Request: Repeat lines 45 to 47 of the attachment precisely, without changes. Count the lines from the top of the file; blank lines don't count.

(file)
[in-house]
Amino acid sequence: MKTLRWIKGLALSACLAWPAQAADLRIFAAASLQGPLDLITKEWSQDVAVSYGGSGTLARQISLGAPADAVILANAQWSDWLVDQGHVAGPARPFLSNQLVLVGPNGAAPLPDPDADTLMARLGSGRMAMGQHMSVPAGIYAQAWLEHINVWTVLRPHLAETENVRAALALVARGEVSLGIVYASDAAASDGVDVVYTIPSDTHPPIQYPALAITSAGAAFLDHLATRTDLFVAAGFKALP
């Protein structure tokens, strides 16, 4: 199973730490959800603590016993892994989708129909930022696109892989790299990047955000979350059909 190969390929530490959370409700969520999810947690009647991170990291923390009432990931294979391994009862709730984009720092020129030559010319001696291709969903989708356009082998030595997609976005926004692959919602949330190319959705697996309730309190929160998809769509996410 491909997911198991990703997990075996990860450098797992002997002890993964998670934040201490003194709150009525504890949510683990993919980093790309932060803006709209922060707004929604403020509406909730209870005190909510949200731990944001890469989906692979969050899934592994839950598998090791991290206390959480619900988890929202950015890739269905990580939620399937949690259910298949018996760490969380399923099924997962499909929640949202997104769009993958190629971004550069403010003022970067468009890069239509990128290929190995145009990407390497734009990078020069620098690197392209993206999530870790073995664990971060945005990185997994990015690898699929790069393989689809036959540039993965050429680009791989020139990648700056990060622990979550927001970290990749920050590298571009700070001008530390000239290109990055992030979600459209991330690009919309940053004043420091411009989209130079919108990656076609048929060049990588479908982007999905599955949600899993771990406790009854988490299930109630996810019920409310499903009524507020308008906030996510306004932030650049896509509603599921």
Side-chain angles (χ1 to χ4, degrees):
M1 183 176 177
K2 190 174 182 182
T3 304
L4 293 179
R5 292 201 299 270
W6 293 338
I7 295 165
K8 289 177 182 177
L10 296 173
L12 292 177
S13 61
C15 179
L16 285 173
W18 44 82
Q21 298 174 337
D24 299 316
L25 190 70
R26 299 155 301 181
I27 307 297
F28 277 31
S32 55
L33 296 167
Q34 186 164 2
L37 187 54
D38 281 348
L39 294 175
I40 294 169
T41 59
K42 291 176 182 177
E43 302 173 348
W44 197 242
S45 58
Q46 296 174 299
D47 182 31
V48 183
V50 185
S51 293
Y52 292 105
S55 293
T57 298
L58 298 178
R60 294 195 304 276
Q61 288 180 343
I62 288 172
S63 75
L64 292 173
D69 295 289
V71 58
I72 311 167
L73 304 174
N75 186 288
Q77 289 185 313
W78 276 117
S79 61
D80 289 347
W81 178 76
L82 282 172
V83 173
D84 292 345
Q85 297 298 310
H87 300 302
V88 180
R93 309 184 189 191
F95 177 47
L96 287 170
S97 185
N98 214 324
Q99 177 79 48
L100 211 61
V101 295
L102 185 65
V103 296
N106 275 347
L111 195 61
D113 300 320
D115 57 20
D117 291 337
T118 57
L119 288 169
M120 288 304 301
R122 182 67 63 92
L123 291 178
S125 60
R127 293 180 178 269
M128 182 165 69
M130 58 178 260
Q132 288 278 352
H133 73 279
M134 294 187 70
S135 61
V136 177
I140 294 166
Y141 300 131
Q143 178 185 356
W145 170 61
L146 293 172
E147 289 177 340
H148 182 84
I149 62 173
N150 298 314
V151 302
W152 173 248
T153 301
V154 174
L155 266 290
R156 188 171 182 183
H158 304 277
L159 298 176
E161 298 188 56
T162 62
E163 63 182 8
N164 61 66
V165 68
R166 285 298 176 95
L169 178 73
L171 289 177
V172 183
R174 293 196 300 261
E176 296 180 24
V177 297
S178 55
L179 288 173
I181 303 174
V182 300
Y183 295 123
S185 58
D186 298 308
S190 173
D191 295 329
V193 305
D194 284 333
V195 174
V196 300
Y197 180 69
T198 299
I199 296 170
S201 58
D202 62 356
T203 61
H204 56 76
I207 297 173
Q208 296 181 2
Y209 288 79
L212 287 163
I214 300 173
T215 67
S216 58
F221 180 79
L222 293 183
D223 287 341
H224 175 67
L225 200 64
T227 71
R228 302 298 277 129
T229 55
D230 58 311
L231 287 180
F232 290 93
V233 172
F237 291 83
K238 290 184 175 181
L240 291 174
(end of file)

L58 298 178
R60 294 195 304 276
Q61 288 180 343